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Analyst Assesses PG&E's Zogg Fire Liability Risk

Analyst Assesses PG&E's Zogg Fire Liability Risk

PG&E Corporation (NYSE: PCG) shares dropped 5.5% on Monday morning after California investigators seized PG&E equipment during an investigation of a deadly California wildfire.

While the stock may face headline risk in the near-term, one analyst says PG&E’s financial liability is likely minimal.

What Happened: On Sunday, PG&E said the California Department of Forestry and Fire Protection (CalFire) had seized PG&E equipment as part of its investigation of Clifornia’s Zogg fire last month. The Zogg fire killed four people and destroyed 204 structures.

Why It’s Important: PG&E and other California utility companies have faced billions of dollars in liabilities related to a series of California wildfires in recent years. PG&E’s liability burden became so bad that the company actually underwent bankruptcy proceedings earlier this year.

Related Link: This Analyst Is Bullish On PG&E Following Stock Deal With Wildfire Victims

The good news for PG&E investors is that Bank of America analyst Julien Dumoulin-Smith says PG&E’s insurance would likely cover the fire’s damages, but that the headlines are certainly reason to be cautious in the near-term.

Bank of America estimates roughly $10 million in liability per death, and Dumoulin-Smith said the median home value in Shasta County, California is $285,000. These numbers yield a rough liability estimate of $5.8 million for the destroyed structures and $40 million for the loss of life. For 2020, PG&E has $757 million in insurance coverage.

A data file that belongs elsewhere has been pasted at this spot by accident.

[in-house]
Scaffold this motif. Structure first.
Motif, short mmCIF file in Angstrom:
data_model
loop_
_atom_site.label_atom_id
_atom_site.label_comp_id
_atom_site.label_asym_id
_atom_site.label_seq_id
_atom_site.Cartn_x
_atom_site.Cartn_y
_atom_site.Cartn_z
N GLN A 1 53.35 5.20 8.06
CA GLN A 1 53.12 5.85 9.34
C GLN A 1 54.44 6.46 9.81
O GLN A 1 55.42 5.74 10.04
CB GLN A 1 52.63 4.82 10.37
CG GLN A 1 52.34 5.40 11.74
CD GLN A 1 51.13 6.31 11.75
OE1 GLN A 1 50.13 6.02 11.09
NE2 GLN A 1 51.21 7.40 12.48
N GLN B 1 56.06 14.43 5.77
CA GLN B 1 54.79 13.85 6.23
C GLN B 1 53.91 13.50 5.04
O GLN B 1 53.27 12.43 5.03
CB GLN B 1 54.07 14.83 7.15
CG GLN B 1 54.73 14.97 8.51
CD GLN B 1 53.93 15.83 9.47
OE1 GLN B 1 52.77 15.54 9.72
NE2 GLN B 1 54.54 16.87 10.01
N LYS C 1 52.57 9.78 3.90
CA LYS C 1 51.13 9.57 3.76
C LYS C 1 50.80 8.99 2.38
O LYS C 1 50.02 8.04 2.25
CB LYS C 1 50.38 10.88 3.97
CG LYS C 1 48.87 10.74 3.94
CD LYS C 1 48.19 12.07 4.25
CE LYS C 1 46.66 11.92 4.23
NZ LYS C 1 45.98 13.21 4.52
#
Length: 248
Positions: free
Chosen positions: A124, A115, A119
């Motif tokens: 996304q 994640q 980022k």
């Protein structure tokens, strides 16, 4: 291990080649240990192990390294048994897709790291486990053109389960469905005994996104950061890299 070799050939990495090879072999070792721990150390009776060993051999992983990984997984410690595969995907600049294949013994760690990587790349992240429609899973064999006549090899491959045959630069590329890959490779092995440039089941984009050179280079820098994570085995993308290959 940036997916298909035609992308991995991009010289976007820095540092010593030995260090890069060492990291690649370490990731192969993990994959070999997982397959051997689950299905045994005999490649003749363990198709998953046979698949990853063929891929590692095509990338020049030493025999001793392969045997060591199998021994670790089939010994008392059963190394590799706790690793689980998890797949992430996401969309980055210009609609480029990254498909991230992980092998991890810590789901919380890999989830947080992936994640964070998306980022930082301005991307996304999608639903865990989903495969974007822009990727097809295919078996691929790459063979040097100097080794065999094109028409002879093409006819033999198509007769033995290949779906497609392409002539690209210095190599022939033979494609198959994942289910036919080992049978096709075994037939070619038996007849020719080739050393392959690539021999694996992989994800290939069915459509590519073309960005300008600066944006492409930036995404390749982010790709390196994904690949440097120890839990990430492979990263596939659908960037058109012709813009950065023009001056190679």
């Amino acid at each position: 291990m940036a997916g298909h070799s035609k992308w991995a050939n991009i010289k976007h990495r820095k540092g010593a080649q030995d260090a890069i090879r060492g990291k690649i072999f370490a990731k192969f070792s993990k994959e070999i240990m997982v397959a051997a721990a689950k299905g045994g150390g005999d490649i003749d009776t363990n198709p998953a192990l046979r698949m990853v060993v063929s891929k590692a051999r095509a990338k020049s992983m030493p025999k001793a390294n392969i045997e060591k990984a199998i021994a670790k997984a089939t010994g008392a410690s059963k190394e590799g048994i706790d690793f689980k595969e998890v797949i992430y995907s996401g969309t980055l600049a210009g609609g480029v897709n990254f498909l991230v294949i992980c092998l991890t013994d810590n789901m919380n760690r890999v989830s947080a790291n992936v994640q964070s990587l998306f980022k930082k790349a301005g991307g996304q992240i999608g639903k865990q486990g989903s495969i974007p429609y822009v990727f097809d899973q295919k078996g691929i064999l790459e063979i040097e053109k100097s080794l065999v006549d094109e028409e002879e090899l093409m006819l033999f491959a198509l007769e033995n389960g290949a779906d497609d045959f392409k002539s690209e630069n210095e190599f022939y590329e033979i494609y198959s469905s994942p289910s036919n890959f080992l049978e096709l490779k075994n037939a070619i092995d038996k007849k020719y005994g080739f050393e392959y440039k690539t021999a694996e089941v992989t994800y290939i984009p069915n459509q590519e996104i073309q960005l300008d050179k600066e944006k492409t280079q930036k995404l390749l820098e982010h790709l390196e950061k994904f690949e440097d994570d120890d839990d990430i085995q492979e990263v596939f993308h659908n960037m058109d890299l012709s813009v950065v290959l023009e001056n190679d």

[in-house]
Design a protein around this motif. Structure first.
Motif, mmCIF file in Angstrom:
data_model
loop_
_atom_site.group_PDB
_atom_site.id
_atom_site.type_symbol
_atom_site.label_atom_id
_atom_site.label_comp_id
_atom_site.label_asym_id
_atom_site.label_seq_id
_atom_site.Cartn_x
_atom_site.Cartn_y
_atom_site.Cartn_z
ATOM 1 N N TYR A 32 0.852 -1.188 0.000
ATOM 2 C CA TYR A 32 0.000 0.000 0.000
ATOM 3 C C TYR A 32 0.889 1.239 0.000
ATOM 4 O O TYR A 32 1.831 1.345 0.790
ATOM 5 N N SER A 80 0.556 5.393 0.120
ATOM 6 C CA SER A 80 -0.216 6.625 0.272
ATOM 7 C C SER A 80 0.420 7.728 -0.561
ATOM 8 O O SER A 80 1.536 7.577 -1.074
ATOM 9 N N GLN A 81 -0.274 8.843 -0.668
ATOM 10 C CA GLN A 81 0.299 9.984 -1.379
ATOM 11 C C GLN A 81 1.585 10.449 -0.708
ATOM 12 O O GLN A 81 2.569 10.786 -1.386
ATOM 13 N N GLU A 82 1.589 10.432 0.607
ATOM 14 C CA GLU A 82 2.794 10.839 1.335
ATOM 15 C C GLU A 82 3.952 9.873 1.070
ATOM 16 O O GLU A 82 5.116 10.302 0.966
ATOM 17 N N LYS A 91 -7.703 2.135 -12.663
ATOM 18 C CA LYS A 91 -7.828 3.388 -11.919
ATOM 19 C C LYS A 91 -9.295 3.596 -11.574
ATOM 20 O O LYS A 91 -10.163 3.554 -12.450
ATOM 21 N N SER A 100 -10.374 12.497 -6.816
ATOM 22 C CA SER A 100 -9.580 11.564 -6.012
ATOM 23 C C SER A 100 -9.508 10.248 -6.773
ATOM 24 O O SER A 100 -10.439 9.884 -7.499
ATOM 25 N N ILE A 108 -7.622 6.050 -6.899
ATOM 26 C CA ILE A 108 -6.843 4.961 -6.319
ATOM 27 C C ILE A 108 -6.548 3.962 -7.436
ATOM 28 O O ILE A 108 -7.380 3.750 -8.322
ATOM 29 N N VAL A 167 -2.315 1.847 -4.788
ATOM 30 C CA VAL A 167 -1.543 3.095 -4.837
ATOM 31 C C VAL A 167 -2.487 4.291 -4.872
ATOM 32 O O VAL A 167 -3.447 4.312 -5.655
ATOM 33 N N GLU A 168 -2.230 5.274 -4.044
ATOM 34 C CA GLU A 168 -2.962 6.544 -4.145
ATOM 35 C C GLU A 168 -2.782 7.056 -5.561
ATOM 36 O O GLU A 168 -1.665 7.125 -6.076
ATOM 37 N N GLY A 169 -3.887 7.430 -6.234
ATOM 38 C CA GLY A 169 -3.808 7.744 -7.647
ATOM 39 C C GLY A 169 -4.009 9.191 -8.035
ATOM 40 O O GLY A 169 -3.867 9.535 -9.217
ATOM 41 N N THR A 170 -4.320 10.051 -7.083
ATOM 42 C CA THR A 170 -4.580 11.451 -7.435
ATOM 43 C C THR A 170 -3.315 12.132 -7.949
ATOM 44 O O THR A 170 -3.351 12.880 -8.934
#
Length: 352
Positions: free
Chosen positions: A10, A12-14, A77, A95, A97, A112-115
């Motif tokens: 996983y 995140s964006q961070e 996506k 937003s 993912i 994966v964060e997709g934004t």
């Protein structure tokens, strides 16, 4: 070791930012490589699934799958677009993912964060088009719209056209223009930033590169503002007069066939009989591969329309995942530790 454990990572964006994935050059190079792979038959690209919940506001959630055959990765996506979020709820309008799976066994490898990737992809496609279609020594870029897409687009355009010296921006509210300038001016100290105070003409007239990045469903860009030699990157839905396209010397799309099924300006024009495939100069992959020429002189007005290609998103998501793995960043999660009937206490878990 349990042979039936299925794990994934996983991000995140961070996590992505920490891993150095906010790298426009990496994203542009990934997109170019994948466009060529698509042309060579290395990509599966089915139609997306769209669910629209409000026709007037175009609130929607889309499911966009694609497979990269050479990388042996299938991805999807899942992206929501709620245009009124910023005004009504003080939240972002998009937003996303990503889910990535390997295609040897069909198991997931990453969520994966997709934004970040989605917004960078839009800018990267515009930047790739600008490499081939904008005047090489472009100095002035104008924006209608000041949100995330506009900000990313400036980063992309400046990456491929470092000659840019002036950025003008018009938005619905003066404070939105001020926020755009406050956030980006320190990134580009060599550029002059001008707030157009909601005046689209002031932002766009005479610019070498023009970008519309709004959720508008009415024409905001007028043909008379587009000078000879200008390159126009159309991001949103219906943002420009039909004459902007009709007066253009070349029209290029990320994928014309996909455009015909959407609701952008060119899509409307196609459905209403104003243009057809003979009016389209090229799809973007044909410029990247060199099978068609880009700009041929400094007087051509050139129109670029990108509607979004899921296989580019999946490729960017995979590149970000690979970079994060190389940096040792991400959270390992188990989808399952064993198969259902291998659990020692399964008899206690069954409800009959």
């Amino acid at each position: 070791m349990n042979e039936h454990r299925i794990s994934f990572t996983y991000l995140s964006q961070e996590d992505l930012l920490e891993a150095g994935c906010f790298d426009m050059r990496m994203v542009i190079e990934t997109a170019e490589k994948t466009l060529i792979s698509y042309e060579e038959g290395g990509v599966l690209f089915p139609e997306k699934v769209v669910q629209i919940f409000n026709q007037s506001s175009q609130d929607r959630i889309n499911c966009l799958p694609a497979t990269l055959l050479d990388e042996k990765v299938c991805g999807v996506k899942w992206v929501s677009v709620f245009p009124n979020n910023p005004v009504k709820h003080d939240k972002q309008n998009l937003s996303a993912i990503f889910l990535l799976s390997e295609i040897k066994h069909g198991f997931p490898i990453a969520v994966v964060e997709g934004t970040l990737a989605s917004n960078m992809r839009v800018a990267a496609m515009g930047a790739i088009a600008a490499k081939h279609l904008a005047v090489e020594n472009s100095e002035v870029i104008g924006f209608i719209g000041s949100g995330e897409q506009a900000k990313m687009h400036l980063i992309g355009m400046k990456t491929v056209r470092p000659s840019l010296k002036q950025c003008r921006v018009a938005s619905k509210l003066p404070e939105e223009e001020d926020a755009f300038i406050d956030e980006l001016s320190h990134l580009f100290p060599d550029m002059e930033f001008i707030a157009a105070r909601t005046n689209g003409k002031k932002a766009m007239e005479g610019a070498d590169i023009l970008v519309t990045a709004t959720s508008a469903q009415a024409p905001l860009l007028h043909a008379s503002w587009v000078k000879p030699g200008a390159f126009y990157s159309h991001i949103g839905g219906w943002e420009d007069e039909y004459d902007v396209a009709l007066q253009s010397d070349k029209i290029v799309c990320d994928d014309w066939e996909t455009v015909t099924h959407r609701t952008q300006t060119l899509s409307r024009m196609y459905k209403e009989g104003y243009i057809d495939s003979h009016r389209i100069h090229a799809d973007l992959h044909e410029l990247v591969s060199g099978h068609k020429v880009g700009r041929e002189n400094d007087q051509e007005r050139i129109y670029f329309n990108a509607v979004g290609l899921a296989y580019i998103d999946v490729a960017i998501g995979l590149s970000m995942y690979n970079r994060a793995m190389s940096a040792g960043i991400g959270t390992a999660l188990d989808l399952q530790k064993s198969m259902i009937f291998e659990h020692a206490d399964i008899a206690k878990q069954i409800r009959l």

“While we believe the latest fire is not likely to be categorized as catastrophic, it could potentially create further pressure with rating agencies as S&P recently placed PCG on negative outlook,” Dumoulin-Smith wrote in a note.

The analyst remains bullish on PG&E shares given the likelihood of limited liability risk from the Zogg fire and the fact that the stock already trades at roughly a 50% valuation discount to its peers.

Benzinga’s Take: It’s understandable for PG&E investors to be spooked given everything they have been through with wildfire liability issues in the past couple of years. However, if Zogg fire liability is easily covered by insurance, Monday’s sell-off could ultimately prove to be a buying opportunity for long-term investors.

Bank of America has a Buy rating and $11 price target for PG&E.

Latest Ratings for PCG

Nov 2020Morgan StanleyMaintainsEqual-Weight
Nov 2020Wolfe ResearchUpgradesPeer PerformOutperform
Oct 2020Morgan StanleyMaintainsEqual-Weight

View More Analyst Ratings for PCG
View the Latest Analyst Ratings


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